Some popular tourist destinations in and around Abbottabad include:

Ayubia National Park Bara Gali
Dor River Valley (at Harnoi/Harnol) Dunga Gali
Harnoi Ilyasi Mosqu
Khaira Gali Nathia Gali
Shimla Hill Thandiani
Kukmang Raees Khana Bazar
Sangimaira/Tharyati Barra Hottar
Boi-Marhes Kunhar River Spot-Boi
Boi Bazar-Kashmir-Point

Mandian

Mandian is the northern part of Abbottabad city. The population of this area is 100,000. The word Mandian means fruit or vegetable markets: it is a center of commerce with markets and businesses. Today Mandian is a busy hub of the city.

Mandian is also known as Missile Chowk, because a Ghori Missile is installed there.

Many renowned schools and colleges are in Mandian like Brook Montessori and School System, Government Postgraduate College Mandian, Army Burn Hall College, Wisdom House Public School,Pakistan International Public School and College (PIPS) and Khyber Pakhtunkhwa University of Engineering & Technology Abbottabad Campus. Ayub Medical College and COMSAT Institute of Information Technology Abbottabad campus is situated 1 km away in the north from Mandian on main Karakoram Highway in Mirpur and Abbottabad Public School,Abbottabad International Medical College and Frontier Medical College is 5 km away on the same karakoram highway from Mandian,in the northern end of Abbottabad city.

Mandian has a small industrial estate, which promotes medium- and small-scale industries and provides employment to hundreds of people.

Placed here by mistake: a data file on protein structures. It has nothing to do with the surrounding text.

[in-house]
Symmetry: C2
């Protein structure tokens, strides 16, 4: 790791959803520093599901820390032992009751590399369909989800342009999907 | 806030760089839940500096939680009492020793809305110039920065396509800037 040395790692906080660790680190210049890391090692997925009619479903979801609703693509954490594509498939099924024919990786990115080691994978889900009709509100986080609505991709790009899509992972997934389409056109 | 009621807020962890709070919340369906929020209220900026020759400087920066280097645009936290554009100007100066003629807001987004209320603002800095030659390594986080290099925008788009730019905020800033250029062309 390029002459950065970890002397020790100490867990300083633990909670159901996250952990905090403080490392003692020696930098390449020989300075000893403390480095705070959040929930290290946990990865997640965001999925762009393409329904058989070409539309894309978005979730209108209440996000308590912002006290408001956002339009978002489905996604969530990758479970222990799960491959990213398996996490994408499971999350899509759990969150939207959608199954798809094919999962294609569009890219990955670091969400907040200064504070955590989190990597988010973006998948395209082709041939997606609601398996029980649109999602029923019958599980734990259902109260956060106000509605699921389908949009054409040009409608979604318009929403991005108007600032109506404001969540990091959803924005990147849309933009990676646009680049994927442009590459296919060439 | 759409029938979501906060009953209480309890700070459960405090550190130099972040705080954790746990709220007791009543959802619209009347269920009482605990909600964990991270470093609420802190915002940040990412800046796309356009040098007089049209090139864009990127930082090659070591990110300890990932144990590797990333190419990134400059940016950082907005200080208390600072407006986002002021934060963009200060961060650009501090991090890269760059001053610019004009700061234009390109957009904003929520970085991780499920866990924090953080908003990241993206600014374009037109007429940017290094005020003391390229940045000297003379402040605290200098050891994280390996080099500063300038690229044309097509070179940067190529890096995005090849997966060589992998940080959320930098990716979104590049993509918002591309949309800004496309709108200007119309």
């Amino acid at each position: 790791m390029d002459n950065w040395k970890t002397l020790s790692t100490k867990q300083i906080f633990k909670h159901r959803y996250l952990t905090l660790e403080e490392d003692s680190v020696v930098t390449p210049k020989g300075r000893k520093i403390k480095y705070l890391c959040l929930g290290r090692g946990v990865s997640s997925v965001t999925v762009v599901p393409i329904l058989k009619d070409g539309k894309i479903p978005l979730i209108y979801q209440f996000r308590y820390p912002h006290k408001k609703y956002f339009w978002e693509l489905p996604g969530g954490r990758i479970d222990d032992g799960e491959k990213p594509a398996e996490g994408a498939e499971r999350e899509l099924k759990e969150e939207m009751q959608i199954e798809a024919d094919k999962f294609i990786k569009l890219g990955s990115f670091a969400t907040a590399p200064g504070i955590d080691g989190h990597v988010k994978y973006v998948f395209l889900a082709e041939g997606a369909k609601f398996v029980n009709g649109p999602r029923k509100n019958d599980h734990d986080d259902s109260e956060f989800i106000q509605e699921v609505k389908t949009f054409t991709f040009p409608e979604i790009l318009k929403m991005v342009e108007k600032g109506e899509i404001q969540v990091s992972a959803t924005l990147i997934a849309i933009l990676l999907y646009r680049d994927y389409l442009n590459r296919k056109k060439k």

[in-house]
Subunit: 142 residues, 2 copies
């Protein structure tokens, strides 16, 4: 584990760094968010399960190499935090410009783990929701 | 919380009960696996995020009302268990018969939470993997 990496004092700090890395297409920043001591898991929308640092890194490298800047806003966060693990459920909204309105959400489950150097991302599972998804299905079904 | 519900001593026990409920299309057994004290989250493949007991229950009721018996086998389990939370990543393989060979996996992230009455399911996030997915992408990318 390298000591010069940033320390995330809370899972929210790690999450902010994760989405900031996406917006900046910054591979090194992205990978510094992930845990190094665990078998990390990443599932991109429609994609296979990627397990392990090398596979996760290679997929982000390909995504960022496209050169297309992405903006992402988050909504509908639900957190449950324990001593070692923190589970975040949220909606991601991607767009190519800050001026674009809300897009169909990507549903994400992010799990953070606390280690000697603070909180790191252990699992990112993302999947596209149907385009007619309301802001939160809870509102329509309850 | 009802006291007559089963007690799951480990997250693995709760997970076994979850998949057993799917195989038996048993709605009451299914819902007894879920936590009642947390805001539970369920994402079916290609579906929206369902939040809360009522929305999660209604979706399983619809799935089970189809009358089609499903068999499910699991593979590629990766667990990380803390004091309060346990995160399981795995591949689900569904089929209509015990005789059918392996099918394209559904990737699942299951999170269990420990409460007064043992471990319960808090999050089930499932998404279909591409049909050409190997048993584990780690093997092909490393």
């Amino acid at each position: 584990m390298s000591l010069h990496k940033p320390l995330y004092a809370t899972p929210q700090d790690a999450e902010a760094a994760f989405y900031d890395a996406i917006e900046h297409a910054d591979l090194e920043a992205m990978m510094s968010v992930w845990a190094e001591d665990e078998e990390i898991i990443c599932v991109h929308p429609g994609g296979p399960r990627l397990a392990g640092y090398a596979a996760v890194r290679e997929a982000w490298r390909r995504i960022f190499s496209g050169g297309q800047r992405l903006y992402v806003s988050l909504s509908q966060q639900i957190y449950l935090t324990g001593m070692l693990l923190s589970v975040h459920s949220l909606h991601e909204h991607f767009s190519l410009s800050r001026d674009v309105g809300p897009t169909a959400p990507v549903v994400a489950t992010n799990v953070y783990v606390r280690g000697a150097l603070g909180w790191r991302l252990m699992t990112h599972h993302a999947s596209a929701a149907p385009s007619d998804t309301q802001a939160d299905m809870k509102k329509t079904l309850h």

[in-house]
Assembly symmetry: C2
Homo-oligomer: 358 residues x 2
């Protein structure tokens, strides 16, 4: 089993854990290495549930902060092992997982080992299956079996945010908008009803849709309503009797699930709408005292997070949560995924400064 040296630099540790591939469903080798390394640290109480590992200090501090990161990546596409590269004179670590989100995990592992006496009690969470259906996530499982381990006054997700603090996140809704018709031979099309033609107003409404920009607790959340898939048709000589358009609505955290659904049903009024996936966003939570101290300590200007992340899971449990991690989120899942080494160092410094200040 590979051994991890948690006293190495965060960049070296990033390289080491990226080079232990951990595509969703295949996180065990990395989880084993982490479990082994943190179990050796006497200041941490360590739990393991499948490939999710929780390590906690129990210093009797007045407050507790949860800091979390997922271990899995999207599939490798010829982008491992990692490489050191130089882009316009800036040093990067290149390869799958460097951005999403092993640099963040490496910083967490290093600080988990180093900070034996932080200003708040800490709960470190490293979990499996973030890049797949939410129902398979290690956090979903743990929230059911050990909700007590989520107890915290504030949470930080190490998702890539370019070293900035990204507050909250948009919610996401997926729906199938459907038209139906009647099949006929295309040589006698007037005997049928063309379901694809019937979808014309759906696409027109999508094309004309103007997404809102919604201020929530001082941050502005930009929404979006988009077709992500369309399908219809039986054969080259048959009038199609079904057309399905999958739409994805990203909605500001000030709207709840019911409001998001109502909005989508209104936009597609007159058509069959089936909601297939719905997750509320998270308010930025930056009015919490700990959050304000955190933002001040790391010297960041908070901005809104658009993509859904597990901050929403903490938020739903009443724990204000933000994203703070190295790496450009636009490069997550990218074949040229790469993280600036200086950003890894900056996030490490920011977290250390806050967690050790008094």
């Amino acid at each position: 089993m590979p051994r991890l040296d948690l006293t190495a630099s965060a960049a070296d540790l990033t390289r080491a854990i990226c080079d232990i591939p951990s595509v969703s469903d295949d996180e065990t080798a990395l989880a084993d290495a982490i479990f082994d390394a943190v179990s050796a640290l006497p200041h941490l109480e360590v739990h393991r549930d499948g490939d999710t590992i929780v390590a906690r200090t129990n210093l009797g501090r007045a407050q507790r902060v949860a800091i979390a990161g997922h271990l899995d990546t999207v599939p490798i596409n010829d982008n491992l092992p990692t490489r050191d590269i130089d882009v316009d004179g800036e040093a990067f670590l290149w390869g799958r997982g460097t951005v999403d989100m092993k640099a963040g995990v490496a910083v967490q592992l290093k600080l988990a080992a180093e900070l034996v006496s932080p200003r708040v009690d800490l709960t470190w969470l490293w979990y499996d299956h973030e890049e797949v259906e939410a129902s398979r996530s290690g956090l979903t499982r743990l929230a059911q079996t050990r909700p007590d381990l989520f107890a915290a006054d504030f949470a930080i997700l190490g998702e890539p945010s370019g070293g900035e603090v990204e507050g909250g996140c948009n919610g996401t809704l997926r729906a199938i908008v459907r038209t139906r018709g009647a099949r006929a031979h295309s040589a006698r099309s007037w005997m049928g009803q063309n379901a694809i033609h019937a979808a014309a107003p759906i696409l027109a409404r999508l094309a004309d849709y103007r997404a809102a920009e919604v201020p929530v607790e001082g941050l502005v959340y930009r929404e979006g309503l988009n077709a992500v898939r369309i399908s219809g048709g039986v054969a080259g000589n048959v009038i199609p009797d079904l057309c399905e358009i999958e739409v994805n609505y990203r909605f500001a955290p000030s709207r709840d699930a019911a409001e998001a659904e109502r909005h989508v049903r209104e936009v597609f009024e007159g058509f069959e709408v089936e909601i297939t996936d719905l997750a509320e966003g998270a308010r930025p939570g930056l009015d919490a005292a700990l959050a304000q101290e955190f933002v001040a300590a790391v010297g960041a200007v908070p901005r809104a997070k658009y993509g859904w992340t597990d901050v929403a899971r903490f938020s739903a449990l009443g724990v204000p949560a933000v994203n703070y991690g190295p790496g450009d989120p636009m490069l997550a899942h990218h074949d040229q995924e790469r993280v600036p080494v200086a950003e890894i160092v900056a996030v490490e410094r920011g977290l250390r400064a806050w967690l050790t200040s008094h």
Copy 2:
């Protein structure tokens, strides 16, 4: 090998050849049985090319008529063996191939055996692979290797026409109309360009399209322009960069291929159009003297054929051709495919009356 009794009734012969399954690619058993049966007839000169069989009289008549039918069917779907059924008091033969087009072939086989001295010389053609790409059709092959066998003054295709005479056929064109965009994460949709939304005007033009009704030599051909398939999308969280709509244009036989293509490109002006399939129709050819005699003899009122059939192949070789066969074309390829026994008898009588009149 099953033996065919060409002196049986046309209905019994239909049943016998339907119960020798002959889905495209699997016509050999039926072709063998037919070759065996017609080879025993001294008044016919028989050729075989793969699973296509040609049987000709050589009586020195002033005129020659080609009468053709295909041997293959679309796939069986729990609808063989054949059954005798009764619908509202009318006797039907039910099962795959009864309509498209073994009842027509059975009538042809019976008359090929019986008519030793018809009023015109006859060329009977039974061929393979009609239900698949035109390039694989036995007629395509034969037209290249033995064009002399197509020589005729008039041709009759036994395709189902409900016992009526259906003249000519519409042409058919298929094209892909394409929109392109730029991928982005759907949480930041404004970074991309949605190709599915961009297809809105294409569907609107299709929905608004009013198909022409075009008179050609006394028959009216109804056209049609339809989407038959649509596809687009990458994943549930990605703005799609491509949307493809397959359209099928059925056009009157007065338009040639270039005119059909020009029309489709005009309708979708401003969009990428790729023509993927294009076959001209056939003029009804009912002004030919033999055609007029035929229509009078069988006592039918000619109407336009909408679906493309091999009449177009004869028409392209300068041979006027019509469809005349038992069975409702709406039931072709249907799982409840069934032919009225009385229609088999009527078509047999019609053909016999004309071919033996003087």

Culture

There’s a city in Abbottabad District recognised with the aid of the name of Nawanshehr. The oldest and largest mosque of Abbottabad, Ilysai Masjid is discovered to be there. since the climate of Abbottabad is fine, many humans from different parts of the united states come to go to this ancient mosque.

Language:
The foremost language spoken inside the Abbottabad district is Hindko (94.26% of the whole population). Hindko feels like Punjabi. other languages spoken are Urdu, Pushto and Punjabi.

Customs and Traditions:
Abbottabad is a well- cultured area, with a combination of contemporary and historical cultures. The religious bonds are very tight and majority of the people are fond of Islamic traditions and that they comply with the path of Allah. The customs of the city consist of Hujra meetings (sitting), the Islamic traditions are pretty outstanding in rural areas and that they have excessive ethical values within the society.
Clothes:
The commonplace dress of the humans is Shalwar Qamiz, but the government officers and college students more often than not put on coats and trousers. The traditional Turban, Kraquli, Patti caps are also worn by means of human beings. carrying waistcoats and coats over Shalwar Qamiz is likewise a fashion. For the ladies, they wear the country wide dress, Shalwar Qamiz, Dupatta and Chaddar.